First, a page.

Unfortunately, many Americans are sleep deprived.
Researchers tell us that lack of sleep affects our performance, health, and even our weight but there are still people who brag about consistently getting by on 5 or 6 hours a sleep. It’s their norm so does it still have negative consequences or do their bodies adjust to less shut-eye?
Multiple studies have shown that no matter how tired you think you are, lack of sleep can influence the way you perform visual and cognitive tasks.
Other studies show a correlation to lack of sleep and weight gain (or diminished weight loss if you are trying to shed some excess fat).
It makes sense that being groggy could impair thinking and physical tasks but what does lack of sleep have to do with weight? Sleep affects the hormones leptin and ghrelin, which help regulate appetite and satiety.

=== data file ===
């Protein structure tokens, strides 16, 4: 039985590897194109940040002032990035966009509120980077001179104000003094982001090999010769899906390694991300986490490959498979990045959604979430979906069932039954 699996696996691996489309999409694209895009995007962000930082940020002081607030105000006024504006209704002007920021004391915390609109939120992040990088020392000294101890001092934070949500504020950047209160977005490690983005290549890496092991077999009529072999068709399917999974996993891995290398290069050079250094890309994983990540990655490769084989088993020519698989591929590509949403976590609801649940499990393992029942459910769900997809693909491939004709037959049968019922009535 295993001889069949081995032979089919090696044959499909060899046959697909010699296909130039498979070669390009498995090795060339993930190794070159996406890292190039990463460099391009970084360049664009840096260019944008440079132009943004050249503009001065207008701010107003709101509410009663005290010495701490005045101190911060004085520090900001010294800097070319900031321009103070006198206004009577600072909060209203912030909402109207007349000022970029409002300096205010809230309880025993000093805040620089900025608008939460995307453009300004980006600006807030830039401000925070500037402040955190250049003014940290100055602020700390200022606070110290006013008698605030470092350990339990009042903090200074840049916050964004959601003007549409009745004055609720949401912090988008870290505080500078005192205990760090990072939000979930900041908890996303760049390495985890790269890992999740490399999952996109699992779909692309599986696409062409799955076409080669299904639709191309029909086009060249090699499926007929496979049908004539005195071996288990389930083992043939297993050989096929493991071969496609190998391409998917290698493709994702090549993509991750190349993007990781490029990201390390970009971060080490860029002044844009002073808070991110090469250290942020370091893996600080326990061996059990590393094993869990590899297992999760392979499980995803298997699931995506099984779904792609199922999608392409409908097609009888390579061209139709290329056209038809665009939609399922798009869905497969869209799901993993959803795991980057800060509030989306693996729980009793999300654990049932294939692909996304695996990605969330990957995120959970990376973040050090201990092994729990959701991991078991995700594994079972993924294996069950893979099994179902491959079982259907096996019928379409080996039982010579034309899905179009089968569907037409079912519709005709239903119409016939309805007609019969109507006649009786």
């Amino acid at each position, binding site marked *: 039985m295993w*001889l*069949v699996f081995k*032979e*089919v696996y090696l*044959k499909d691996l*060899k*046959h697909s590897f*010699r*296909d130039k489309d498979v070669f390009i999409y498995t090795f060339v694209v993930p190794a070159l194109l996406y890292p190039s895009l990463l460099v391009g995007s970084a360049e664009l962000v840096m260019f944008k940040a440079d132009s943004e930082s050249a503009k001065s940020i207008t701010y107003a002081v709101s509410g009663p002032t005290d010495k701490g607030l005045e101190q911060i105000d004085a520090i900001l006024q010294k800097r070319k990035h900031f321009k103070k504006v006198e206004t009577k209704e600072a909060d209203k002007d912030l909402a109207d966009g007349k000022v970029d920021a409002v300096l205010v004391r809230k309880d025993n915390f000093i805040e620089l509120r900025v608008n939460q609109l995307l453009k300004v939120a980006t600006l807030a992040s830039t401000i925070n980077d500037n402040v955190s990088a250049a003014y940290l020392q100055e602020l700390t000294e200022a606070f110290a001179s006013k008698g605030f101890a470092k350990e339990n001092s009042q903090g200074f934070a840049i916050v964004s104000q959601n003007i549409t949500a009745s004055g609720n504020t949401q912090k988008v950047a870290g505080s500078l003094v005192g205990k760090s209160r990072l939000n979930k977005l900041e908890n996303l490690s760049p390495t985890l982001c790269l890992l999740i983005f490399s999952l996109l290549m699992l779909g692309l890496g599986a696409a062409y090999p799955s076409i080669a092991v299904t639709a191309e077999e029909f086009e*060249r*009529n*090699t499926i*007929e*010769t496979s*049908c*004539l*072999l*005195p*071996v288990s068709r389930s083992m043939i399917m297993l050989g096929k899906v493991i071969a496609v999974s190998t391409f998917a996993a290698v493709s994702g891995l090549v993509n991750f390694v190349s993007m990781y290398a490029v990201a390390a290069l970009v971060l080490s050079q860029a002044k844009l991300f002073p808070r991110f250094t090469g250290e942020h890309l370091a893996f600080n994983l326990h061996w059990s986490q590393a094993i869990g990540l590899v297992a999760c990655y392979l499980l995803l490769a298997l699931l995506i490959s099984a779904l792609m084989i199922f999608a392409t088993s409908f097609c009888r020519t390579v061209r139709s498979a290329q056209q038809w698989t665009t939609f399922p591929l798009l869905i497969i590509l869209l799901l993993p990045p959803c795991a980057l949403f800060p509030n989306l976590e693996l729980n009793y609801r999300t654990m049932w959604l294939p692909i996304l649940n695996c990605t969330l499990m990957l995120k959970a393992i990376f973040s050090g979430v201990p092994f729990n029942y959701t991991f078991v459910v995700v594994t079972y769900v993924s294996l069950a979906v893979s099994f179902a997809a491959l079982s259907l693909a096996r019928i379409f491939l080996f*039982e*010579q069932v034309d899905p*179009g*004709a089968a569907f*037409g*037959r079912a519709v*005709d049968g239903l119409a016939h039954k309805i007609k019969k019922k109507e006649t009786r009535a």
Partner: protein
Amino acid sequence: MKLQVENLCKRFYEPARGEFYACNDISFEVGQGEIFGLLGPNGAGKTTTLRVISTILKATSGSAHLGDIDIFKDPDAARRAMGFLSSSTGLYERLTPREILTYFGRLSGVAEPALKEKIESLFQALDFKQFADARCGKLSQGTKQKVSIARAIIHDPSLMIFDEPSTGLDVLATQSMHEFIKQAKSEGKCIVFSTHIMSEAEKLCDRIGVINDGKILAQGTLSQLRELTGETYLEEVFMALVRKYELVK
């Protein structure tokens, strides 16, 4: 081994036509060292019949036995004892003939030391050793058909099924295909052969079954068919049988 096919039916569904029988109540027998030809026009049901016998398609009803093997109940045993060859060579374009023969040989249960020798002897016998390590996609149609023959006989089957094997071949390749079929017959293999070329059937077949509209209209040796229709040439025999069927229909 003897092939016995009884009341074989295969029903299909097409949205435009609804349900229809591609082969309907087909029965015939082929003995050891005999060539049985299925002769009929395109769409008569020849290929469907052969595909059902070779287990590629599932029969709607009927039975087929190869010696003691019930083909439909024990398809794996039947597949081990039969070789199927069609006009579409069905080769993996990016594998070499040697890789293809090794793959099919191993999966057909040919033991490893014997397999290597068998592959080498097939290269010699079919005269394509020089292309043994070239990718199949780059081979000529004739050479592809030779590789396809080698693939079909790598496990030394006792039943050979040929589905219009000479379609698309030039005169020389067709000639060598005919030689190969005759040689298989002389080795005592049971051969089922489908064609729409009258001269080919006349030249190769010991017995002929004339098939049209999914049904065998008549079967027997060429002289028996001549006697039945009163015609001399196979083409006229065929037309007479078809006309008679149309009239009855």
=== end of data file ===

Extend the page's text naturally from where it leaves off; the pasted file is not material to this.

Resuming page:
Leptin helps you feel satisfied but when you don’t get enough sleep, your leptin levels fall so you don’t feel as satiated after eating. The hormone ghrelin helps control appetite. Sleep deprivation causes ghrelin to rise, making you hungrier.
One recent joint study between Stanford and the University of Wisconsin showed that those who slept less than 8 hours a night had lower levels of leptin and higher levels of ghrelin, and also higher levels of body fat. In fact, of the about 1,000 volunteers, the ones who slept the fewest hours per night weighed the most.